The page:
Ivanhoe is a classic. Yet, it is a classic of the early 19th century which is something we need to bear in mind while reading the novel. Undoubtedly, however, it is also one of the first books (in its many editions and re-translations) which got me into historical fiction and therefore I have some special history with it. Therefore, it was with some trepidation that I took it up again. Continue reading “Review: ‘Ivanhoe’, sir Walter Scott”
I saw this film only recently, and while I am still considering some of what it showed in the story, I was more hoping to comment on the aspect of a Hayao Miyazaki film in general — for this was the first one I had the pleasure of watching. Maybe this was not the best one to start with, but maybe the others are fairly similar. What I do know is that I enjoyed it, and I would like to watch more of his works.
Why I enjoyed it is a different question — ‘The Wind Rises’ has a very interesting subject matter, the Mitsubishi Zero. Not knowing the engineers who designed it previously by name or anything else, I was able to divine that in the first few minutes of the film. I am not sure whether that was a good or a bad thing, but past that point it always felt to me as if I knew what was about to happen. After finishing, I had the feeling that I had seen it beforehand despite knowing it was the first time. It was a very weird feeling, trying to sustain belief in these thoughts whilst seeing that what went on in the show was moving in the same direction as my mind wanted to take it.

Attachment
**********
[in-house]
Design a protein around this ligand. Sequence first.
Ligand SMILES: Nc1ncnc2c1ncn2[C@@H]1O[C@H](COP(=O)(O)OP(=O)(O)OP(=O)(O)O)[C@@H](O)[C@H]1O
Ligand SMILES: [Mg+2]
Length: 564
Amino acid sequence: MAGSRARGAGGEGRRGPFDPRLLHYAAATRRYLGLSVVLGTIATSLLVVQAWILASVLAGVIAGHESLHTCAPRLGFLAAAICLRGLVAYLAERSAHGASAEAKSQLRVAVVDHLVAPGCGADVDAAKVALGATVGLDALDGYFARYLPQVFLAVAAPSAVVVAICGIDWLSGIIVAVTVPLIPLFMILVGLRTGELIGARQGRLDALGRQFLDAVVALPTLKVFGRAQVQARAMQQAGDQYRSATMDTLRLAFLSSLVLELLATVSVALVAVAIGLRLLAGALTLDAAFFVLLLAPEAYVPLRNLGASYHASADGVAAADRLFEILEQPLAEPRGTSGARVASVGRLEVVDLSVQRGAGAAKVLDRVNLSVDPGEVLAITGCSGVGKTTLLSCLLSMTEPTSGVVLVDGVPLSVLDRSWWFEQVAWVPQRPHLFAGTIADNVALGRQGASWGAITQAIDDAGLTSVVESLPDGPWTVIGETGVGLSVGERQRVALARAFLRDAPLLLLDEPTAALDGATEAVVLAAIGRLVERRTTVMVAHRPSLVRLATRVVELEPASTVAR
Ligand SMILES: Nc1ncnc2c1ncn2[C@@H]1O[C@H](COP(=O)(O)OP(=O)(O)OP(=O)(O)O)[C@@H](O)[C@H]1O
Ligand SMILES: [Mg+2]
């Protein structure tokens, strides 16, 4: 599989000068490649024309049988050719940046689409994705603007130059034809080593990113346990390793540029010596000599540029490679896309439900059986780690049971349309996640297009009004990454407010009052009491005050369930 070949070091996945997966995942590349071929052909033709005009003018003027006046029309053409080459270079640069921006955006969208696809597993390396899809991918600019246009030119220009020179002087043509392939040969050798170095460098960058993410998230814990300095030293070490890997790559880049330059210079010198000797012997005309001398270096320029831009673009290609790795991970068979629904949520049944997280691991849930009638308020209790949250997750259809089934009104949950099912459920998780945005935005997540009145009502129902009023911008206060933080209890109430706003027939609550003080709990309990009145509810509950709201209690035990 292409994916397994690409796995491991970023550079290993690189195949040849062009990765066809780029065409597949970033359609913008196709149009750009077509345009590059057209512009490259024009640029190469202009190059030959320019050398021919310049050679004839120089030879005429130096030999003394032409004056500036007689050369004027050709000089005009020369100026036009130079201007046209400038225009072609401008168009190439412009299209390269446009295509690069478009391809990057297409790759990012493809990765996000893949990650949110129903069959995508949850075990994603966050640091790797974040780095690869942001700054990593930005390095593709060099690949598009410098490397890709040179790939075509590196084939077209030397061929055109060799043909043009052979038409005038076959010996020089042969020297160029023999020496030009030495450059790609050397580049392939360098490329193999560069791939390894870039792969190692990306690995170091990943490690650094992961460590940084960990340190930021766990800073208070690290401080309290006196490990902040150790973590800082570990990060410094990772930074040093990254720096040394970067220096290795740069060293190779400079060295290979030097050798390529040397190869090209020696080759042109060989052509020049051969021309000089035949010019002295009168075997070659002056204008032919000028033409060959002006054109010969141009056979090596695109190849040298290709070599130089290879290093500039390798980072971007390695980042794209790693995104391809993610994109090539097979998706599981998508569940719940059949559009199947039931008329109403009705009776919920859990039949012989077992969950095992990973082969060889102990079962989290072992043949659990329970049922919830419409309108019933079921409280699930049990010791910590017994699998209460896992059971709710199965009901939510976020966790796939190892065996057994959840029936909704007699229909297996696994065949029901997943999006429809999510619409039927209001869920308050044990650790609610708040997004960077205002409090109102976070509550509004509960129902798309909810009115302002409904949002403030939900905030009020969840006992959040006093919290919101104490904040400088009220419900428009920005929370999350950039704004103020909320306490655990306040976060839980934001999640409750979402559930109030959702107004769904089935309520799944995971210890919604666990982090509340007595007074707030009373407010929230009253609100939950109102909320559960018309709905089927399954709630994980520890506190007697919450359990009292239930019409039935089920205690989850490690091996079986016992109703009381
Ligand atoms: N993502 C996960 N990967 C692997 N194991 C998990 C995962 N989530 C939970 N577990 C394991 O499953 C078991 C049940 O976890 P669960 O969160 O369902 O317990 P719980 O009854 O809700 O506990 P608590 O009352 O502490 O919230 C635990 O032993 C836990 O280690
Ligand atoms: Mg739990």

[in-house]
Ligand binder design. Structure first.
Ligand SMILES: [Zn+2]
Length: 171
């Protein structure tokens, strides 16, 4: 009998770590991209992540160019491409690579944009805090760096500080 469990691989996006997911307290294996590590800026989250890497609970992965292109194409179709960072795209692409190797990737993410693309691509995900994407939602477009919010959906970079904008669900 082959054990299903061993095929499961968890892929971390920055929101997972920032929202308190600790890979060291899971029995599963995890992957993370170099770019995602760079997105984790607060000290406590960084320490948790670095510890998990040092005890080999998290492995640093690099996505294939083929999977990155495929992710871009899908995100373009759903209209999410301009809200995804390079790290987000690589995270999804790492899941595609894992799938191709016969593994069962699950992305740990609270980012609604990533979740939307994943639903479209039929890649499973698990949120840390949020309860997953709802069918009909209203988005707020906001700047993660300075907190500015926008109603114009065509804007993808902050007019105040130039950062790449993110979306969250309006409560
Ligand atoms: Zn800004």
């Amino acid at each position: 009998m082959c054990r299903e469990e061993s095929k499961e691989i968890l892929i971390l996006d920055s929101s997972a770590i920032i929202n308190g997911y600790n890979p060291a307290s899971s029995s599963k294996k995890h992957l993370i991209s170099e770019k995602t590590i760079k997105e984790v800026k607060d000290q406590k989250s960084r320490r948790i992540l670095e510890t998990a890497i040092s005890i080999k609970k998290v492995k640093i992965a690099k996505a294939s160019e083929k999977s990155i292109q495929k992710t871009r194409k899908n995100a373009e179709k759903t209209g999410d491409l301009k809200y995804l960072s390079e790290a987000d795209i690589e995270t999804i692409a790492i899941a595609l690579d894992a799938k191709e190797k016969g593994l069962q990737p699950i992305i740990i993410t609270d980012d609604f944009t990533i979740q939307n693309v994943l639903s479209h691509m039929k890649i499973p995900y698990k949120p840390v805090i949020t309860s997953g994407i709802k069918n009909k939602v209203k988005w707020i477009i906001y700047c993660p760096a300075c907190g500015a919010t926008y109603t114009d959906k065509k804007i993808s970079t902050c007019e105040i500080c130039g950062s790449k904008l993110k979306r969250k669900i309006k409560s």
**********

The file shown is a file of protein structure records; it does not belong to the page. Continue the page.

In addition to the previous, it constantly felt to me as the cultural references and borrowings were familiar, or at least some of them. It is difficult to describe what I mean, but say the theme of the film, the ‘Das gibt’s nur einmal, kommt nicht wieder’ song played in my mind for a long long time afterwards. I looked it up to see whether I had known it before (and I can’t divine anything obvious on whether I can).
My conclusion is that the film was a whole, a whole so beautiful and fitting that it all fit together perfectly, creating the sensation of familiarity — quite possibly one of the best gifts that any entertainment can have.
A man did not need to understand the words to know what was being said. Music, like violence, crossed all languages.
I have been absent for a long time, but I would hope that this post is a worthy reintroduction. Namely, of the books I have read over the last few months the books in the ForeWorld saga are the ones which I would consider best. Best for several reasons, that is, and the last of those would be the quality of the writing. Do not misunderstand me here, the books are written well but individually they are all far weaker than the universe together, a true sum of the parts being more than the parts individually.
So, what is ForeWorld? ForeWorld is an alternative history series of books that spans many years — I have only managed to acquaint myself with the ones that deal with the Medieval Era thus far, and I have not read all of them. I have gone through the five-part main series though, starting with ‘Mongoliad’ that spans three books, and continues in ‘Katabasis’ and ‘Siege Perilous’. I have also read approximately six of the SideQuests which introduce new or existing characters in greater detail.